of the Month: SEC Historical Society
Susan B. Anders
2005 - The Securities and Exchange Commission Historical
Society (www.sechistorical.org) provides a virtual museum
available to the public. The website is a great tool for
educators and students, as well as for anyone interested
in history. The website provides free access to historical
records of the U.S. Securities and Exchange Commission and
the securities industry from the 1930s to the present. The
website is supported by contributors to the SEC Historical
Society, which is an independent body unaffiliated with
attractively designed website shows that the staff, trustees,
and advisors of the society have a great interest in the
history of the SEC and the securities industry. Primary
materials include audio webcasts, documents, photographs,
and interviews. The site also offers a timeline of events
from 1929 to the present, and the society plans to offer
gallery collections on significant events. The subject of
the first planned gallery, due later this year, is Joseph
Kennedy and the creation of the SEC.
website’s easy navigability lets users access many
resources from alternate routes, but the search process
and sitemap could be improved. The main navigation tools
are two horizontal menu bars at the top of the main pages.
The first menu bar addresses the primary areas of the website,
such as museum, news and events, about, support, and contact.
A second menu bar on the homepage (which is also the main
page of the museum section) connects users to galleries,
timeline, papers, photos, oral histories, online programs,
and links. Further simplifying the navigational process,
the top of each webpage has hyperlinks for the home page,
sitemap, and a keyword search.
society offers interesting webcasts on securities and investment
topics. Webcasts can be accessed via the left-hand index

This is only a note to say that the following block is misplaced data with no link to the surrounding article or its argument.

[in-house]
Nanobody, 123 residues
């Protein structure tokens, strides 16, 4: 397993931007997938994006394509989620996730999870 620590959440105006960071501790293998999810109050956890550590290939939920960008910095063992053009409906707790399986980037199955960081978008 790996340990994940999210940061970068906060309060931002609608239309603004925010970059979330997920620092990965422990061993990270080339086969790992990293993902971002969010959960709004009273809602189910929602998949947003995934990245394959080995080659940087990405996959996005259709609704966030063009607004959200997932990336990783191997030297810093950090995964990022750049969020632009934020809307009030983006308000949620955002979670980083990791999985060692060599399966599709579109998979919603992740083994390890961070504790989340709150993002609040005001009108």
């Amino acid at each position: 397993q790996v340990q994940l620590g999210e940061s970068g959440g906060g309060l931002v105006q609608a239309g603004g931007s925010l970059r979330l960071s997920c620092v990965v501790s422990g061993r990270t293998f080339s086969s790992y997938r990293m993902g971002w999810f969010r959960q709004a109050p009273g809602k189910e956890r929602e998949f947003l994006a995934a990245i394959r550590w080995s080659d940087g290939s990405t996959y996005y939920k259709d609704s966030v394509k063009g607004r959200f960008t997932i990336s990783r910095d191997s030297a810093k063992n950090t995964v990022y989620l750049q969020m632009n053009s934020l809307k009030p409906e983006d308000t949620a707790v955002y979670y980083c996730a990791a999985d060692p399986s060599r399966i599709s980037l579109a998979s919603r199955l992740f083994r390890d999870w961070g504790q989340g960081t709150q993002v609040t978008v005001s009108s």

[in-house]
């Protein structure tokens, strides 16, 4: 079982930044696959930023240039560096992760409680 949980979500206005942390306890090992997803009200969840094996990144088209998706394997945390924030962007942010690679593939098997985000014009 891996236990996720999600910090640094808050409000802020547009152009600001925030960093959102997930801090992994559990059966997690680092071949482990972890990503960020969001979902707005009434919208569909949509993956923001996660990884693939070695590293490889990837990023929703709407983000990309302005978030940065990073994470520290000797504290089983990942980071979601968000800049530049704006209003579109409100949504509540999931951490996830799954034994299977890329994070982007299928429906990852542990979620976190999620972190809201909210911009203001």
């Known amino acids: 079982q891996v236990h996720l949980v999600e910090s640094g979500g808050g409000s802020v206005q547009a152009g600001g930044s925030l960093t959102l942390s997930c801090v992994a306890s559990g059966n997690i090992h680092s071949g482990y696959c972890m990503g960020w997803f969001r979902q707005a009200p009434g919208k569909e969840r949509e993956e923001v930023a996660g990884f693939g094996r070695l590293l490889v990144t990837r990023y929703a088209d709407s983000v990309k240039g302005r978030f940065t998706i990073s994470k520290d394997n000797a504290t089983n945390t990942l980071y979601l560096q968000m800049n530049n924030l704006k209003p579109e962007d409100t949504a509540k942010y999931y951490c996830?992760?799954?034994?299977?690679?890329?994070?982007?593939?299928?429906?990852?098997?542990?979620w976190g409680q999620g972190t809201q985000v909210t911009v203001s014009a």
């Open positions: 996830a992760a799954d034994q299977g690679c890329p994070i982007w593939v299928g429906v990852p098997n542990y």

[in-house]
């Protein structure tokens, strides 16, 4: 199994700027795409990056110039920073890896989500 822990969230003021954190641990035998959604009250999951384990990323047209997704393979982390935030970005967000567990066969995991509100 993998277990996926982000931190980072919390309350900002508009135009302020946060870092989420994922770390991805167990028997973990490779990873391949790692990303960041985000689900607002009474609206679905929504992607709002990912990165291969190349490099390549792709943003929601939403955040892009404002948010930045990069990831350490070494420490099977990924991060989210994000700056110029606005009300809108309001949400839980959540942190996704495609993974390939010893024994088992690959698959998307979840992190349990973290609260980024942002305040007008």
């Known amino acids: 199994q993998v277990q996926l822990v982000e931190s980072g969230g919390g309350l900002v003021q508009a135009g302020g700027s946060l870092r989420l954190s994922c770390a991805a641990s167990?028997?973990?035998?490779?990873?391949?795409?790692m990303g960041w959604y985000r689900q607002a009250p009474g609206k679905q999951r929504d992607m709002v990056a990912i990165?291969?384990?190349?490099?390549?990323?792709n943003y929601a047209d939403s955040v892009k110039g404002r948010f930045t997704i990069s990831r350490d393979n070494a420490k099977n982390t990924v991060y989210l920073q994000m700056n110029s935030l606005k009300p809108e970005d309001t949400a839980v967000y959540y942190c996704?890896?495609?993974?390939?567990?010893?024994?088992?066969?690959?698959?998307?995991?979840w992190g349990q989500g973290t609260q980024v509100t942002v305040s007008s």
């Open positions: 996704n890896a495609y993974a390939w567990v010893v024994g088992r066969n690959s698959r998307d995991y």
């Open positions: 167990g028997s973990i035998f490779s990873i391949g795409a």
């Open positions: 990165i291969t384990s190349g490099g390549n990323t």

on the homepage, under “online programs” and
“full calendar.” Users can tune in to webcasts
as they occur, or listen to archived programs. Webcasts
download quickly, and sound quality is good. The “click
here” button, full calendar hyperlink, and online
programs menu pull up dissimilar listings of the webcasts,
with different related resources.
interesting recent webcasts are “Fireside Chat: Shareholder
Rights” (February 15, 2005), “FIT on Forensic
Accounting” (September 21, 2004), and “The SEC:
A New Era” with Senator Paul Sarbanes (June 8, 2004).
“timeline” section of SEC and securities history
scrolls through major events from 1929 through 2003. The
presentation is very interesting, and worth a look even
if the user isn’t looking for specific dates.
“papers” page offers access to a variety of
documents that have been archived by the SEC Historical
Society. There appear to be around 500 documents, including
SEC Findings and Opinions, Comments on Proposed Rules, letters
regarding Proposed Rules, other letters, webcast transcripts,
interview transcripts, manuscripts, published articles,
and the U.S. Code. The documents are organized both alphabetically
and chronologically. The keyword search function is useful
for approaching the large number of resources; a sample
keyword search for “Sarbanes-Oxley” yielded
126 matches, including the act itself. Some documents tested
for this review opened in separate windows, while others
did not. All opened relatively quickly, depending on the
size of the document, and could be printed or saved.
are organized alphabetically by last name; it would be helpful
if they could also be organized chronologically. Photographs
open quickly in separate windows, and can be printed or
saved. Interviews with key individuals in SEC and securities
history are available through transcripts or online audio
recordings, under “oral histories.” “Links
& resources” includes connections to the ABA Section
of Business Law, the New York Stock Exchange, and the Securities
B. Anders, PhD, CPA, is an associate professor of
accounting at St. Bonaventure University.